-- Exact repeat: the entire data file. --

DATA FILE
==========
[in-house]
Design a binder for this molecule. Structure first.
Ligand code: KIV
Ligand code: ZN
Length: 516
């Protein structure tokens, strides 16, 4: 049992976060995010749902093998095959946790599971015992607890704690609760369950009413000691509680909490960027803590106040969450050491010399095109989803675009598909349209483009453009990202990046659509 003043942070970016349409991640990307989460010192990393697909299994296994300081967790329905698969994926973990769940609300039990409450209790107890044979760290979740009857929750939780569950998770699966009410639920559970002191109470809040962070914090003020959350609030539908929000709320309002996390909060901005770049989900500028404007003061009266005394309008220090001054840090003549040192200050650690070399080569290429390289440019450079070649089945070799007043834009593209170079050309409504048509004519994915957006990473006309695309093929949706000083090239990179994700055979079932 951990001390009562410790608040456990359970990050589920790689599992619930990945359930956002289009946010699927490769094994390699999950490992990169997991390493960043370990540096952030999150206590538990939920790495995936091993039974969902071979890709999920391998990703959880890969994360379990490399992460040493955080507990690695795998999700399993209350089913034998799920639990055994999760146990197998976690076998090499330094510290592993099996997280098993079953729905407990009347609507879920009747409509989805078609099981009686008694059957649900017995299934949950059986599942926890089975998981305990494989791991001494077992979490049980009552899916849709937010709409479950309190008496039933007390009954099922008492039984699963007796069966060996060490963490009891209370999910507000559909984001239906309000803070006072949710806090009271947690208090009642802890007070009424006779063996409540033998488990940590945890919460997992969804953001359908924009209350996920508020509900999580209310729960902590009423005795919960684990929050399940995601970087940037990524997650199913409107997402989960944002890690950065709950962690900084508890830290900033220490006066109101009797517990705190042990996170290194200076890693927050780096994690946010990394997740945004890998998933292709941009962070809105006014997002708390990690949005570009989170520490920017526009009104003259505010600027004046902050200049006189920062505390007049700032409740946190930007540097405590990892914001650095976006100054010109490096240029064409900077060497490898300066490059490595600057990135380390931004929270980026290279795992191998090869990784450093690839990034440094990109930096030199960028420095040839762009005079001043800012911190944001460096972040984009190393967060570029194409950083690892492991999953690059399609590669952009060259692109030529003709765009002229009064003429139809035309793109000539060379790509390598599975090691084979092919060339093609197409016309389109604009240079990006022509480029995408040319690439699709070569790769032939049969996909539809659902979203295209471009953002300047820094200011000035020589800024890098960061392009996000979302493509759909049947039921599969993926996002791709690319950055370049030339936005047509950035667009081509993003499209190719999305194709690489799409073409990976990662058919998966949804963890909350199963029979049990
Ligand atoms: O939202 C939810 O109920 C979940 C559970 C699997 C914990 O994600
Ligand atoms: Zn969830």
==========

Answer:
[in-house]
Design a binder for this molecule. Structure first.
Ligand code: KIV
Ligand code: ZN
Length: 516
């Protein structure tokens, strides 16, 4: 049992976060995010749902093998095959946790599971015992607890704690609760369950009413000691509680909490960027803590106040969450050491010399095109989803675009598909349209483009453009990202990046659509 003043942070970016349409991640990307989460010192990393697909299994296994300081967790329905698969994926973990769940609300039990409450209790107890044979760290979740009857929750939780569950998770699966009410639920559970002191109470809040962070914090003020959350609030539908929000709320309002996390909060901005770049989900500028404007003061009266005394309008220090001054840090003549040192200050650690070399080569290429390289440019450079070649089945070799007043834009593209170079050309409504048509004519994915957006990473006309695309093929949706000083090239990179994700055979079932 951990001390009562410790608040456990359970990050589920790689599992619930990945359930956002289009946010699927490769094994390699999950490992990169997991390493960043370990540096952030999150206590538990939920790495995936091993039974969902071979890709999920391998990703959880890969994360379990490399992460040493955080507990690695795998999700399993209350089913034998799920639990055994999760146990197998976690076998090499330094510290592993099996997280098993079953729905407990009347609507879920009747409509989805078609099981009686008694059957649900017995299934949950059986599942926890089975998981305990494989791991001494077992979490049980009552899916849709937010709409479950309190008496039933007390009954099922008492039984699963007796069966060996060490963490009891209370999910507000559909984001239906309000803070006072949710806090009271947690208090009642802890007070009424006779063996409540033998488990940590945890919460997992969804953001359908924009209350996920508020509900999580209310729960902590009423005795919960684990929050399940995601970087940037990524997650199913409107997402989960944002890690950065709950962690900084508890830290900033220490006066109101009797517990705190042990996170290194200076890693927050780096994690946010990394997740945004890998998933292709941009962070809105006014997002708390990690949005570009989170520490920017526009009104003259505010600027004046902050200049006189920062505390007049700032409740946190930007540097405590990892914001650095976006100054010109490096240029064409900077060497490898300066490059490595600057990135380390931004929270980026290279795992191998090869990784450093690839990034440094990109930096030199960028420095040839762009005079001043800012911190944001460096972040984009190393967060570029194409950083690892492991999953690059399609590669952009060259692109030529003709765009002229009064003429139809035309793109000539060379790509390598599975090691084979092919060339093609197409016309389109604009240079990006022509480029995408040319690439699709070569790769032939049969996909539809659902979203295209471009953002300047820094200011000035020589800024890098960061392009996000979302493509759909049947039921599969993926996002791709690319950055370049030339936005047509950035667009081509993003499209190719999305194709690489799409073409990976990662058919998966949804963890909350199963029979049990
Ligand atoms: O939202 C939810 O109920 C979940 C559970 C699997 C914990 O994600
Ligand atoms: Zn969830």